My research is specifically to use economic and cost effectiveness analysis to assess public health programs as well as problems specific to clinical medicine in Viet Nam, based on specific case studies in disease, dengue and HIV. The research is intended to combine clinical research and practice with Health Economics, Policy and develop models to assess how such evidence can help inform policy making in Viet Nam. A review of current health care funding system in Viet Nam will also be undertaken.

My research will also explore the broader ethical and political issues surrounding the application of health economics.  Health Economics is currently of great importance in Viet Nam and I hope that through my PhD I can contribute to the growing debate about the way health provision in Viet Nam can be afforded in a sustainable and equitable way.

Dr Lisa Jane White, Mahidol-Oxford Tropical Medicine Research Unit, Bangkok, Thailand

Bio Sketch:

I am a mathematical modeller working on tropical infectious diseases. I am currently the Head of the mathematical modelling group at the Mahidol-Oxford Tropical Medicine Research Unit. I collaborate with the National Center of Malaria Control (CNM) in Cambodia and members of the WHO concerned with the containment of artemisinin resistance in its focus in Western Cambodia. During a previous post based in rural Kenya I became a founding member of the charity KESHO which aims to pair individual sponsors with nursery, primary and secondary school students who require additional funds to complete their education.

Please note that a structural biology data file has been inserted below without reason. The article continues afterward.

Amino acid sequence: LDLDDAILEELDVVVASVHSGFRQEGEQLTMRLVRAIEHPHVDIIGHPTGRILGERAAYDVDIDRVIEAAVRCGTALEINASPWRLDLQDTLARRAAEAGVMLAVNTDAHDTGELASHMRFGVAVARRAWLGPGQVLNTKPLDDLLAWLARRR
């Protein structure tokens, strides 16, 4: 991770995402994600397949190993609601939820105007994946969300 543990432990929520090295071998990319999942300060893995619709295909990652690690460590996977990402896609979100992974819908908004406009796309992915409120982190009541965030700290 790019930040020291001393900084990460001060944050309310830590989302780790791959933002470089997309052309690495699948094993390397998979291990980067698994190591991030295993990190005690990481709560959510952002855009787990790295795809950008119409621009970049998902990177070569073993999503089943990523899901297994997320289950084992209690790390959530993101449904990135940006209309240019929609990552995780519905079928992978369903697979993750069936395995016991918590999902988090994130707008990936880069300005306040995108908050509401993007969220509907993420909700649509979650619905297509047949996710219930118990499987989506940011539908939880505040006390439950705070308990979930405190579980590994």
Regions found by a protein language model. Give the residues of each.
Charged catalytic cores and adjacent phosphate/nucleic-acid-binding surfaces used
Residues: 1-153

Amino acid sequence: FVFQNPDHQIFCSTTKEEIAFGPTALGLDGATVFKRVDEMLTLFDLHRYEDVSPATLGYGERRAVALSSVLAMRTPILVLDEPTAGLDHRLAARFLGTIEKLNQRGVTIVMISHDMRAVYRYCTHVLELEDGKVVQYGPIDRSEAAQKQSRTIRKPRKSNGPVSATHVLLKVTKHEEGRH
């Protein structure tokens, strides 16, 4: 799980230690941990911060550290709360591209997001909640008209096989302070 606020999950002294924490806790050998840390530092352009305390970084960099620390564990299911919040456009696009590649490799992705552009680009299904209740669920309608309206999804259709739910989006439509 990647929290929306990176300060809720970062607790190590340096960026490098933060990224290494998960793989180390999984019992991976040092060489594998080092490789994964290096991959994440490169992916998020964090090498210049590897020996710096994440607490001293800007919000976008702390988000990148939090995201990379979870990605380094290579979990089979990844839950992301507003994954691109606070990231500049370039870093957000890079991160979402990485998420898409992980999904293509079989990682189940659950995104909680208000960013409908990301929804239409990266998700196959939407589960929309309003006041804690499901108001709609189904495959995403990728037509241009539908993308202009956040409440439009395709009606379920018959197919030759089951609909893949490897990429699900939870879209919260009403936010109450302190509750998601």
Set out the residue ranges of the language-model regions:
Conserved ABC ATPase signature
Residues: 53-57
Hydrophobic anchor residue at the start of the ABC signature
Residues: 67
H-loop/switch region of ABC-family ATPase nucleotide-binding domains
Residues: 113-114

Project Title: Phoum Peet: Promoting Village Health in Cambodia through Community Engagement

With 36% of the population living below the poverty line, Cambodia has some of the lowest human development indicators in South East Asia. However, this has not deterred the nation from making huge advances in controlling malaria - a major killer of children and adults in rural communities. Village malaria workers (VMWs) are volunteers that have made a huge contribution to the health of their fellow villagers. They give their time free of charge to train in modern methods of detection and treatment of malaria and then provide an onsite testing and treatment service to the people of their village. The VMW scheme in Cambodia currently covers about 30% of the villages currently at risk of malaria. In villages not yet covered, people are still dying of malaria and other preventable diseases. In this project we aim to set up a sponsorship scheme to recruit individual international sponsors to fund individual VMWs and extend the national scheme. We will develop novel smartphone technology and a dedicated website to enhance communication and reporting. We will design and carry out a study to explore the ethical issues arising from the role of the new VMWs.